• Use identical subs – Matching models will blend the best for coherent bass output.
  • Place asymmetrically – Break up room modes by placing subs in opposite locations.
  • Run auto EQ – Calibrate levels, distance, and phase for seamless dual sub integration.
  • Use identical settings – Match volume, polarity, etc. on both subs for coupling.
  • Measure response – Use REW software to view smoothness of combined bass response.

Taking the time to optimally set up dual subwoofers using the right techniques will result in superior low-frequency reproduction than just randomly placing two subs in a room.

One sub vs. two subs: the debate

When considering whether to use one subwoofer versus two for your home theater or music system, there are good points to be made on both sides of the debate:

Arguments for a single subwoofer:

  • More affordable cost
  • Easier set up and placement
  • Avoids phase cancellation issues between multiple subs
  • Potentially takes up less space in room

Arguments for dual subwoofers:

  • Minimizes peaks and nulls at multiple seating positions
  • Provides more output and headroom
  • Allows for corner loading plus mid wall placement
  • Evens out bass response across a larger room

Many rooms will benefit from dual subs, but a high quality single sub can still sound great. Consider how large your space is, what your budget allows, and how much effort you can invest in integration and setup. This will help determine the best subwoofer approach for your particular room and needs.

Comparing single vs. dual subwoofer performance

Looking at measurements and frequency response charts can illustrate the real-world differences between using one subwoofer versus two in a particular room.

Consider the following REW frequency response graphs measured in a typical living room space:

Single sub response:

With one subwoofer, we see a bumpy response with a significant null at 80 Hz and an overall variance of about 15 dB in the bass region. Response falls off below 35 Hz.

Dual sub response:

The dual subwoofer response shows a much smoother and extended low end. Variance is reduced to +/- 3 dB across the bass region. Low frequency extension is improved down to 25 Hz. The dual subs exhibit superior in-room bass performance.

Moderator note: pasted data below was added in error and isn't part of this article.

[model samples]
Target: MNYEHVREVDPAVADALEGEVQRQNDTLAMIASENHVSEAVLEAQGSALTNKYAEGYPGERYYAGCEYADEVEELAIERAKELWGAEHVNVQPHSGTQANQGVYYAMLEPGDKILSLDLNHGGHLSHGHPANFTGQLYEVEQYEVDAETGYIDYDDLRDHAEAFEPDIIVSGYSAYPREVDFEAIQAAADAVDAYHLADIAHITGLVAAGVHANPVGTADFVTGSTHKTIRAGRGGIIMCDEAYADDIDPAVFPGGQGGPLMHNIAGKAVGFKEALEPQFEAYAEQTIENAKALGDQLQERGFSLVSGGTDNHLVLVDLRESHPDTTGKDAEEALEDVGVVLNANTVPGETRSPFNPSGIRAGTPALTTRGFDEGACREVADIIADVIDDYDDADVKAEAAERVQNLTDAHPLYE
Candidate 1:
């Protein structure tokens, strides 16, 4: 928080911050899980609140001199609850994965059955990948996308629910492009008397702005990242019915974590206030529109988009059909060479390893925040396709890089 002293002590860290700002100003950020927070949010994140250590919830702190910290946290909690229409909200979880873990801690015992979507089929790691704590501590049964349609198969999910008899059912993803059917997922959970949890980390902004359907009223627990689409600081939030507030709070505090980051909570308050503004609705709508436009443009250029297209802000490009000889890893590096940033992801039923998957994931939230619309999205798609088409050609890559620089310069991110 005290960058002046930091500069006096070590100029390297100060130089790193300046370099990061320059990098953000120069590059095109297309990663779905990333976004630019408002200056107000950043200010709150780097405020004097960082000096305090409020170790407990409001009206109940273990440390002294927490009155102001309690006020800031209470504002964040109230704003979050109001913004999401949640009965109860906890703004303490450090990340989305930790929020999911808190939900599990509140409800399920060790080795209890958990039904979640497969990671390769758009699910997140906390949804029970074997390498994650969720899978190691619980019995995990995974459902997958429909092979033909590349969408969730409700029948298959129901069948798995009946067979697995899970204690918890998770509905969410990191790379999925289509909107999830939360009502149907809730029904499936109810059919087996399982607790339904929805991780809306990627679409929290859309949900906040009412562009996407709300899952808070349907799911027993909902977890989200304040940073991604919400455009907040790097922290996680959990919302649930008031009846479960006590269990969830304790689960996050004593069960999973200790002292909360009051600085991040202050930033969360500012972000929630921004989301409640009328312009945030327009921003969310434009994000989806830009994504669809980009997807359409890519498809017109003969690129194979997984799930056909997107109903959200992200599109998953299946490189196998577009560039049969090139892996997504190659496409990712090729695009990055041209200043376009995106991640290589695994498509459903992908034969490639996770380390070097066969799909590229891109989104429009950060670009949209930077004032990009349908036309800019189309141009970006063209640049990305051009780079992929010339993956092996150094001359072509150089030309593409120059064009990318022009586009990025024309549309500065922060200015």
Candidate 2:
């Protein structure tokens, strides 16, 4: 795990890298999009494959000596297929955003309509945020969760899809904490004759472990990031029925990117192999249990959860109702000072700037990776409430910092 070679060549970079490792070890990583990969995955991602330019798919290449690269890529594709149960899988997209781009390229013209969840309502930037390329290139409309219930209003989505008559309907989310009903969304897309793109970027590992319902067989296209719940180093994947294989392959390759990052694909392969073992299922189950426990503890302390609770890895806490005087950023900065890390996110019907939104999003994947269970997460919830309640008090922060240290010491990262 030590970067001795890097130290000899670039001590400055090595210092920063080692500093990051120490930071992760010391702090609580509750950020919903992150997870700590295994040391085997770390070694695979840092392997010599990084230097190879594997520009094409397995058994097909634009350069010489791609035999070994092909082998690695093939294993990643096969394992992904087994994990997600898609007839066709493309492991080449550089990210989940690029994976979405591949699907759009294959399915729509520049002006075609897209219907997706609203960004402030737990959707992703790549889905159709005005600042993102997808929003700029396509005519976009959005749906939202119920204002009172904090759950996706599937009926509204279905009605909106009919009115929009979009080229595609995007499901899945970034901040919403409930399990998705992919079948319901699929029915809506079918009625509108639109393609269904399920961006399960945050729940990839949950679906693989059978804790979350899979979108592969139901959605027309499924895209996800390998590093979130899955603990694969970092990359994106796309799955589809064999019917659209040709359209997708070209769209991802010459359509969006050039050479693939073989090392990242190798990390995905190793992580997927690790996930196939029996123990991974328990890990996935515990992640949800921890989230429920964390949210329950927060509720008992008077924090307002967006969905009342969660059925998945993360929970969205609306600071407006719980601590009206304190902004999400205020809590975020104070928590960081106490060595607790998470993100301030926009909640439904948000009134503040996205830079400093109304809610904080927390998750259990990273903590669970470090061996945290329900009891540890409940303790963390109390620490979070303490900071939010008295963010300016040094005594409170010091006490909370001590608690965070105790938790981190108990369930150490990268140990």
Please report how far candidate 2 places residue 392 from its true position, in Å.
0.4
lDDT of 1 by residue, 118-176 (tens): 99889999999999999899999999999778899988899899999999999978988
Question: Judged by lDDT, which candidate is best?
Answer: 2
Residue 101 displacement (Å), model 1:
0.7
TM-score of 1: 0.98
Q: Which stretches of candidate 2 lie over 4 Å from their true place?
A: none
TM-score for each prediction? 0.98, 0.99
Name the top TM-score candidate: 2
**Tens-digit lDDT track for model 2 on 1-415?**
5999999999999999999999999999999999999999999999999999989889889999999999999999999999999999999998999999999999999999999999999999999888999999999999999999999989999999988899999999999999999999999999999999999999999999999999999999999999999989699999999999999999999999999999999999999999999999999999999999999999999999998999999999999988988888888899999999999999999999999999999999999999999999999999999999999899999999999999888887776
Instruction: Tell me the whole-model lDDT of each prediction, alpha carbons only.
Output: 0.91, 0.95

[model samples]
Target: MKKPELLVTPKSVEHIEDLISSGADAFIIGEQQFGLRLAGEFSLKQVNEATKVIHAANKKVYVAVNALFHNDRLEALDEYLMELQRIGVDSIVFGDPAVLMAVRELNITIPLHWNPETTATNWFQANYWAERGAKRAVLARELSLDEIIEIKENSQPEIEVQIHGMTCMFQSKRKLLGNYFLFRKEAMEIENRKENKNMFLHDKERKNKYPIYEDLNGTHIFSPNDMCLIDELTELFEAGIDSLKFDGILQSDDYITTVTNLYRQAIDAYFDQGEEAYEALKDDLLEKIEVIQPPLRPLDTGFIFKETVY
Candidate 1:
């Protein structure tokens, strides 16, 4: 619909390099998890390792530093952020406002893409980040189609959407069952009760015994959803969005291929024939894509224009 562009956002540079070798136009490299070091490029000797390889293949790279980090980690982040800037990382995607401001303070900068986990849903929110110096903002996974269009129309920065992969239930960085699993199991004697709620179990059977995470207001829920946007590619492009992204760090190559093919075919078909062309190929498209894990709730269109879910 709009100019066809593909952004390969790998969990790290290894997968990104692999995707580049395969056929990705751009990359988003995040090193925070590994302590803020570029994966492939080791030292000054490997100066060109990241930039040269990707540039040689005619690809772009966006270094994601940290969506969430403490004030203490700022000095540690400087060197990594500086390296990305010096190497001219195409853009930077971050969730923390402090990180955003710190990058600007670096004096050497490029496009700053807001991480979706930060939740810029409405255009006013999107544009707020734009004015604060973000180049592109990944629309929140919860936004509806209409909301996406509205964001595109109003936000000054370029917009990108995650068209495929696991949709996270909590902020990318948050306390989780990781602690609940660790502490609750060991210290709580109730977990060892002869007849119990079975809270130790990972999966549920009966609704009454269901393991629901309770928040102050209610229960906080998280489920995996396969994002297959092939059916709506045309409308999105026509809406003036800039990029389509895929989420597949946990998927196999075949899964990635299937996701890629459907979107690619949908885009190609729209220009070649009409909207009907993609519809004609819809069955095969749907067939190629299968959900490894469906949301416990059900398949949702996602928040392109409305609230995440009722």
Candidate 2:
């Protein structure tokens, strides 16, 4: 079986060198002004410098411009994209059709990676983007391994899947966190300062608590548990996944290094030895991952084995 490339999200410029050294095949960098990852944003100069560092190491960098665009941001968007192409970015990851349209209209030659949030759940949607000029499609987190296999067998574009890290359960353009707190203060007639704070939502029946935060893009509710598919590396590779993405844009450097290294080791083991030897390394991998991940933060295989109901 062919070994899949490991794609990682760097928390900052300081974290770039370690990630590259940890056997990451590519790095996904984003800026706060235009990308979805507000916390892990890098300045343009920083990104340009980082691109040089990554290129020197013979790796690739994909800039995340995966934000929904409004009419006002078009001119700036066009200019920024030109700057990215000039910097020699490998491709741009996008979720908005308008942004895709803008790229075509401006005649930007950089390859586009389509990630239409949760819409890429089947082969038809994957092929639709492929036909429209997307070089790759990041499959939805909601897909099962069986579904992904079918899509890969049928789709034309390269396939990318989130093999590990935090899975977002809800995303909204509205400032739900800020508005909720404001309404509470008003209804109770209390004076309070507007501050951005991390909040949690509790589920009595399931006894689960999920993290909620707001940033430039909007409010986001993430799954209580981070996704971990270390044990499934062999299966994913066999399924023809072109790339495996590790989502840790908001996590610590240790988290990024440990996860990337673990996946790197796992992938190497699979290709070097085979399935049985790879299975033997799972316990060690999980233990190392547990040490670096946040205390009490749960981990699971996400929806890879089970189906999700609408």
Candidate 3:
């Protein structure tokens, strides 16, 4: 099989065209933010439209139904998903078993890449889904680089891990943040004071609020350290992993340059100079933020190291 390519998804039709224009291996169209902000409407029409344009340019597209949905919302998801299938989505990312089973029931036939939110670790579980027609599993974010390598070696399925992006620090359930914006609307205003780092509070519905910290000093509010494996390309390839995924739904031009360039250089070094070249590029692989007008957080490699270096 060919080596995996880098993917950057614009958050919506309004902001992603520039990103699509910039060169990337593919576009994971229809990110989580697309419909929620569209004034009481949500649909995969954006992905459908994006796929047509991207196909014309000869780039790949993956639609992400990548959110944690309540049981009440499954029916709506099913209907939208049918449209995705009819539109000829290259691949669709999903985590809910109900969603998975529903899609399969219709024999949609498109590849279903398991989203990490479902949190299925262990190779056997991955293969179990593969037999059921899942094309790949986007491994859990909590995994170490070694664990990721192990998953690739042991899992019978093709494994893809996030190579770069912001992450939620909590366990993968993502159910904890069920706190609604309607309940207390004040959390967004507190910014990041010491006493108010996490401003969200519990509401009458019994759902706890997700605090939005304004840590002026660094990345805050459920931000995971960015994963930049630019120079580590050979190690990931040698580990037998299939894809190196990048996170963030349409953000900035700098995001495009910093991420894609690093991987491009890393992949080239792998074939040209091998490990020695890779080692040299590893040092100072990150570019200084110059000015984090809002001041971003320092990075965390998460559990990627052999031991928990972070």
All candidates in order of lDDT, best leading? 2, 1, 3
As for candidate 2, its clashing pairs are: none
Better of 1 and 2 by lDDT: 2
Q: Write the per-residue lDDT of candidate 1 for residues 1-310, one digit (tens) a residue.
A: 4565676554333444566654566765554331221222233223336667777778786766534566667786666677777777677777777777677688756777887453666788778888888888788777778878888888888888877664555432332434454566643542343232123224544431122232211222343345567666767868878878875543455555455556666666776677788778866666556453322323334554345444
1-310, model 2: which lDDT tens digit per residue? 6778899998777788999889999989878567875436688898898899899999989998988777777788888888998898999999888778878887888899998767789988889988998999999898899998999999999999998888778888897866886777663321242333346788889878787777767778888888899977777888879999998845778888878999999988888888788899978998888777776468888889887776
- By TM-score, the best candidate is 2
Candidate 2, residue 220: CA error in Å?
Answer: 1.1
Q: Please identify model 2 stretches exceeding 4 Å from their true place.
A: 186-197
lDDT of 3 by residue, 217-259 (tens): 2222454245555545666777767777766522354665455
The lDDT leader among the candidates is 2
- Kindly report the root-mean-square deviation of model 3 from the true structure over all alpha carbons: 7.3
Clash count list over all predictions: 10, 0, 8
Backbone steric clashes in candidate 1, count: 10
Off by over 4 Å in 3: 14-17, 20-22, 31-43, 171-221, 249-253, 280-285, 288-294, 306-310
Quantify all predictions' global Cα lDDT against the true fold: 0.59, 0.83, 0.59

This example demonstrates the real-world difference two properly placed and calibrated subwoofers can make in evening out low frequency response issues caused by room modes and speaker placement limitations.

One vs. two subs: final recommendations

Here are some final guidelines on choosing single or dual subwoofers for optimal bass in your room:

  • Smaller rooms – A single sub is often sufficient for smaller spaces under 2000 cu ft. Focus on solid sub placement.
  • Medium rooms – Dual subs will likely provide better coverage here, but start with one sub first if needed.
  • Large spaces – Multiple subs are recommended for open floor plans or rooms over 3000 cu ft.
  • Music listening – Try a single sub for a tighter sound, or duals for greater headroom and low bass extension.
  • Home theater – Two matched subs can really excel for big, smooth home theater bass.

While having two subwoofers provides benefits in many rooms, you can certainly achieve great bass performance with a single sub depending on placement, the room, and your listening habits. Look at your specific room size and usage to decide if one or two subs makes the most sense.


Determining whether to use a single subwoofer or dual subwoofers depends on factors like room size, budget, placement flexibility, and performance goals. Smaller rooms may only require one good sub properly positioned. But most medium to large rooms will benefit from having two subs to smooth out bass peaks and nulls.

A dual subwoofer setup requires a bigger investment and more installation considerations. But the resulting bass improvement over a single sub can be significant. Using two subs confers advantages like smoother response, increased output and headroom, better seating coverage, and superior low frequency extension.

Look at your room dimensions, seating locations, and performance objectives. This will help decide if a single sub provides enough bass, or if going dual is worthwhile for more output and a flatter in-room response. Proper placement and integration is key to maximizing the benefits of whichever subwoofer approach you choose.

Leave a Comment